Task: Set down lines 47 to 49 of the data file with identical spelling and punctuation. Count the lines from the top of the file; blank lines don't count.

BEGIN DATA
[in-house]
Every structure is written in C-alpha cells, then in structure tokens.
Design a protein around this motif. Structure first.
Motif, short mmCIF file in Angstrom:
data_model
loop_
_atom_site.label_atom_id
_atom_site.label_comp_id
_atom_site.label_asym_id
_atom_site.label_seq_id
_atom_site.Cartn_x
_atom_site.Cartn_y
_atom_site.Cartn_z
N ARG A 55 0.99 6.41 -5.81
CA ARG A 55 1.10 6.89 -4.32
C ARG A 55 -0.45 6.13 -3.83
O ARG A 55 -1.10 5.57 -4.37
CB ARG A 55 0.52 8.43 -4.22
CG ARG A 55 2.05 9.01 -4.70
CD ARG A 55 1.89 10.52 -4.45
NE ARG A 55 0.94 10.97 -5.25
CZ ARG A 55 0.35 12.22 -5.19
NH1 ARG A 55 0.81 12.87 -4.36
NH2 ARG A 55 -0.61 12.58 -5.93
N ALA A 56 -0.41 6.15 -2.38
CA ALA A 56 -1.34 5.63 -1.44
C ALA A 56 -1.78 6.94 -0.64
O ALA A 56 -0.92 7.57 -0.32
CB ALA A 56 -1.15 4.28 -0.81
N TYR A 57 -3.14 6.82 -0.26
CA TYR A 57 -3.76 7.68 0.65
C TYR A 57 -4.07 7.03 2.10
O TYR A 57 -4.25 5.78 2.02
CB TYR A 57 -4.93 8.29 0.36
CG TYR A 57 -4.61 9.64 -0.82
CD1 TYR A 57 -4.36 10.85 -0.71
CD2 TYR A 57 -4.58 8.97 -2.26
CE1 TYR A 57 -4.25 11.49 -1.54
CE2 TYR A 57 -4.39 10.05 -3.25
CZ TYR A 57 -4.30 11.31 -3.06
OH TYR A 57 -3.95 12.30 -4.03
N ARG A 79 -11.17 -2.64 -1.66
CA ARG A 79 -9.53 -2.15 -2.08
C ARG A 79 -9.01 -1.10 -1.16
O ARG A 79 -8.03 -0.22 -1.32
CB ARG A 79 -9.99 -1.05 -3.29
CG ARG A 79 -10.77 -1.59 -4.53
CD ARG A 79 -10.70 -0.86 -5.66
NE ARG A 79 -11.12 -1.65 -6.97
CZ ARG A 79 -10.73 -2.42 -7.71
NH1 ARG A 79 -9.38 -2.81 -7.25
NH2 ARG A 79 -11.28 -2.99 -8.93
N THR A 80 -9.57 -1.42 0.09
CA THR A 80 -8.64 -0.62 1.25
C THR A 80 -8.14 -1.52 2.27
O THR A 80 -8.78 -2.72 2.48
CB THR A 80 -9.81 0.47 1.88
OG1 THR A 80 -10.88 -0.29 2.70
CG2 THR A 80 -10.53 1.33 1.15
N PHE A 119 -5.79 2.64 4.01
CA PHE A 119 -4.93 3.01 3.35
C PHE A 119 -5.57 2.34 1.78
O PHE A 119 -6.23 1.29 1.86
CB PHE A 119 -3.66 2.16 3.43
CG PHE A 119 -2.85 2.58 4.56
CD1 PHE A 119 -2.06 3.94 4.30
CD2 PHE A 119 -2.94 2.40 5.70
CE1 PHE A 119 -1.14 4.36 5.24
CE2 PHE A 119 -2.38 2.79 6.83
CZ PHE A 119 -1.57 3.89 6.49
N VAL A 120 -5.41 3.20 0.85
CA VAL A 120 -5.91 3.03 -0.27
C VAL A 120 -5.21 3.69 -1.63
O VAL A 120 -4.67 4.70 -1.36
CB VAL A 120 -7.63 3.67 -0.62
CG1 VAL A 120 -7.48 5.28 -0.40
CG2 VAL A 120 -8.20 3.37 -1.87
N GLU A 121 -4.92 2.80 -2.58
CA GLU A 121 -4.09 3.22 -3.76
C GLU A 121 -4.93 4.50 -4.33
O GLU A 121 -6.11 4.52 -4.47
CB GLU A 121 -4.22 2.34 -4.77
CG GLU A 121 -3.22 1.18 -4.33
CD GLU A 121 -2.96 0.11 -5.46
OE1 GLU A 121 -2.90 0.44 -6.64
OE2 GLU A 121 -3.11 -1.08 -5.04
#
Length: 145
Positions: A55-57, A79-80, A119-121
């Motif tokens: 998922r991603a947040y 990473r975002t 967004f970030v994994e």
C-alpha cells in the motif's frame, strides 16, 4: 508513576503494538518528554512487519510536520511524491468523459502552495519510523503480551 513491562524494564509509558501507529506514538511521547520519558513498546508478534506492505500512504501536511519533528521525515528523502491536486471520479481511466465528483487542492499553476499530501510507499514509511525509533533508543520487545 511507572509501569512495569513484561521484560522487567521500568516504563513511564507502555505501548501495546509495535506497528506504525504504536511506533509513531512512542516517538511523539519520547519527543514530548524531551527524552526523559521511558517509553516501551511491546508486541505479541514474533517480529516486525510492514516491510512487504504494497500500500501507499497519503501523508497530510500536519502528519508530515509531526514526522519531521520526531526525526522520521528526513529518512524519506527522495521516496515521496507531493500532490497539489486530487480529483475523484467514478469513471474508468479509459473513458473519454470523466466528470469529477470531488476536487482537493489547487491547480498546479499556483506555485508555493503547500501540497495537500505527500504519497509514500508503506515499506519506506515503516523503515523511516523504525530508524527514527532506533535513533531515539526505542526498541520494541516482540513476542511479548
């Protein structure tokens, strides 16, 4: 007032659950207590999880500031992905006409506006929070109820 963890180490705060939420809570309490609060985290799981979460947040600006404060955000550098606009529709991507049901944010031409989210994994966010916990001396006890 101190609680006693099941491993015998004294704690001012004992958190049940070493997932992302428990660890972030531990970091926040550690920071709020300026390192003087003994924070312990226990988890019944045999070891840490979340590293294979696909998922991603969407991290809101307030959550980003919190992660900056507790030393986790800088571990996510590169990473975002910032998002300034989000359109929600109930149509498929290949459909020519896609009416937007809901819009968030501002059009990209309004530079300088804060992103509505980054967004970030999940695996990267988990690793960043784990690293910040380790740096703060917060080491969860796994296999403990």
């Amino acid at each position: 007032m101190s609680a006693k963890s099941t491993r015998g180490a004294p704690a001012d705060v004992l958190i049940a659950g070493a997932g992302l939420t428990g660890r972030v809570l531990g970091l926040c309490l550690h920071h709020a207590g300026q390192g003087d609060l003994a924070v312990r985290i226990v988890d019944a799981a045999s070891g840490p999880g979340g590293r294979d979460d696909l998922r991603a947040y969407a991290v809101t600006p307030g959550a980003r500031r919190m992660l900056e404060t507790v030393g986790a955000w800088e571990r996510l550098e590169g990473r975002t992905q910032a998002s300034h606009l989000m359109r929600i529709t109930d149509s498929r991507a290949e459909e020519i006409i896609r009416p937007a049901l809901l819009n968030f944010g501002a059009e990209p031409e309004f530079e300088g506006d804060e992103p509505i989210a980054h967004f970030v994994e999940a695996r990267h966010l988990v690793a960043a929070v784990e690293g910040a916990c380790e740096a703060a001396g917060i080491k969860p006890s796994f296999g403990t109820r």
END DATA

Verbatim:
CG ARG A 79 -10.77 -1.59 -4.53
CD ARG A 79 -10.70 -0.86 -5.66
NE ARG A 79 -11.12 -1.65 -6.97